Still the feat of skiing across the driest, coldest, most inhospitable place on the planet had yet to be realised and it was the attempts of others who tried and failed – including Henry Worsley, who tragically passed away during his own attempt – that inspired Louis to take on the arduous journey himself.

Five days before he was due to leave for the Spirit of Endurance trek he discovered Colin O’Brady was taking on the challenge at the same time, but he vowed not to get drawn into a race.
“I started planning in a very short space of time and got the money together,” explains Louis, whose expedition was backed by the Army.

“To get in shape I started tyre hauling. I now live in Hereford and would spend two to three hours at a time dragging an old Land Rover tyre behind me along the river bank. Without going somewhere with skis it replicates the right action, uses the same muscles and builds up stamina and endurance.

“Other gym work included strength and conditioning, deadlifts and squats and running, and some skiing when there was the chance.”

During his expedition he burnt 10,000 calories each day, consuming around 6,000. Meals comprised freeze dried porridge, chicken tikka and spaghetti Bolognese, which were rehydrated using boiled melted snow, and grazing bags of snacks including Dairy Milk, cheese, salami and nuts.

Louis skied for 12 to 13 hours each day and only made short stops for a drink and to check his equipment.

“Temperatures got down to -40°C, which just makes everything take longer and more difficult. You can’t have any part of your body exposed,” Louis explained.

“There were a few incidents. One day there was a whiteout, where I lost all visibility. I couldn’t see the ground or the sky, I lost the horizon and I skied off a big chunk of ice, which had a six-foot face on it.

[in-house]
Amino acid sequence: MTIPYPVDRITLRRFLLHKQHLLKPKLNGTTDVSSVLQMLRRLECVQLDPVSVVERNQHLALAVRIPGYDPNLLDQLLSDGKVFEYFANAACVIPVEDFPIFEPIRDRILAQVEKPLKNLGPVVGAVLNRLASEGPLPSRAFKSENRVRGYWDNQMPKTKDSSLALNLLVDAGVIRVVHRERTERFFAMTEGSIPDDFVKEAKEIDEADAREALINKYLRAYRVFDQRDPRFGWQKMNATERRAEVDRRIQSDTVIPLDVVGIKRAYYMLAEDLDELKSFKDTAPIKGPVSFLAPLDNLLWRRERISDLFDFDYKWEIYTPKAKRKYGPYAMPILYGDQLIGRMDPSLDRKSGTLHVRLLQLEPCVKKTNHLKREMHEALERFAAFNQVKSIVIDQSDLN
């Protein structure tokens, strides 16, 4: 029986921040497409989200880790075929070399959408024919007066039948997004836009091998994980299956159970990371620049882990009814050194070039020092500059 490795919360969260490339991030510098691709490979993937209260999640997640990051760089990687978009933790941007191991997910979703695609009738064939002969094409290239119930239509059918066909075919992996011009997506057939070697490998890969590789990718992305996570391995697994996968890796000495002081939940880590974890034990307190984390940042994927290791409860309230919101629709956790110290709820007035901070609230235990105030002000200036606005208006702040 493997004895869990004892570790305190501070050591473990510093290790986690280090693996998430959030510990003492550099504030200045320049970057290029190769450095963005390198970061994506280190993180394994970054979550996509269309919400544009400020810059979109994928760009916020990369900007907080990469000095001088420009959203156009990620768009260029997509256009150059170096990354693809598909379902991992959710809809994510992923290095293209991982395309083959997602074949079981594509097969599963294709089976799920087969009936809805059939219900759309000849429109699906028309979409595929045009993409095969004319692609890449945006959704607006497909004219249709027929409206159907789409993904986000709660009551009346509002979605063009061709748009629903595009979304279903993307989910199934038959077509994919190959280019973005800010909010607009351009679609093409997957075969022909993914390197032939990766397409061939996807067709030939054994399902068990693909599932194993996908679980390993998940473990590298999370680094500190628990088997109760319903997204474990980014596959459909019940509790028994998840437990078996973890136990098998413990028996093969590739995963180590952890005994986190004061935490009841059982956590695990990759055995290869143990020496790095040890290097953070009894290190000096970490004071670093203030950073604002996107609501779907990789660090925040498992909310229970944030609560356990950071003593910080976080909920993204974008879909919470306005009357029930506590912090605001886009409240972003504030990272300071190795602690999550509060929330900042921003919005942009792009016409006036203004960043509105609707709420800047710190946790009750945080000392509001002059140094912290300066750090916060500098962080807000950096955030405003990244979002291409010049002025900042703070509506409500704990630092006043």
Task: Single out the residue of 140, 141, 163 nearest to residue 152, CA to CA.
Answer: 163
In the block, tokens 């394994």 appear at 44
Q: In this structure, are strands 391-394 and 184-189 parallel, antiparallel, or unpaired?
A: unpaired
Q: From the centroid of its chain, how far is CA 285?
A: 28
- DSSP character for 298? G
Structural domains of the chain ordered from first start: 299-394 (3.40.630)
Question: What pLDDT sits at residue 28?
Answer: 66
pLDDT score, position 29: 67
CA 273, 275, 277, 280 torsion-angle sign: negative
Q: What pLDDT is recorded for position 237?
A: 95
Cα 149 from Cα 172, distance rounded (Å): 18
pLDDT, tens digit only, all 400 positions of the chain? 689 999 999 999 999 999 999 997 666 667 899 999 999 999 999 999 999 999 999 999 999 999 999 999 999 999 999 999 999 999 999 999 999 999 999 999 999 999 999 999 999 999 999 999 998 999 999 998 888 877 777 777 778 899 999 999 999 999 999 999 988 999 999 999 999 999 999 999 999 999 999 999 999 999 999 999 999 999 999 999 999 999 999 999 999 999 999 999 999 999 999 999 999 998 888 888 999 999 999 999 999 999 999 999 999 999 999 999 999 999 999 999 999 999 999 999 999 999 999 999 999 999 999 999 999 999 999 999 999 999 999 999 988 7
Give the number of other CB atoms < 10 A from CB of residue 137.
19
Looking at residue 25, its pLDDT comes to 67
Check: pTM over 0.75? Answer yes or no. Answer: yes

“I face planted, split one of my skis and then my pulk, weighing about 90kg, came over and landed on top of me.

“I was 1,000s of miles away in the Antarctic. I could easily have broken my leg or injured myself. Luckily, I was just battered and bruised.

“Another time it had snowed all night and the next morning there was lots of soft snow, and I couldn’t drag the pulk. It was sinking into the snow, so I took half the load out of it and left it, with a marker and then skied a couple of miles, left my current load, went back to fetch the rest and kept doing that during the day. I was skiing three miles to go forward one.

“Later there was a whiteout and my ski tracks had been obliterated. When I was back-tracking to fetch my tent and sleeping bag I spent around two hours trying to find them, that was particularly dangerous.”

Thankfully Louis completed what he set out to do, arriving at the end just two days behind Colin O’Brady, who was there to greet him.

“I didn’t want to get into a race, the journey is difficult enough as it is – and no-one had ever completed it before. I didn’t want to push too hard and not finish at all,” he adds.

“We were the first two guys to do it, which I’m elated with.”

Although he’s only been home a couple of months, Louis isn’t ruling out a return to the polar regions, although for the time being he’s focussing on his day job and the raft of public speaking opportunities coming his way, including a trip back to Holbeach to address the Army Cadets, where he had his own first taste of military life.

He’s also promised his wife Lucy that he will be home this Christmas, after spending three of the last six out on expeditions.

To find out more about Louis’ expeditions visit his website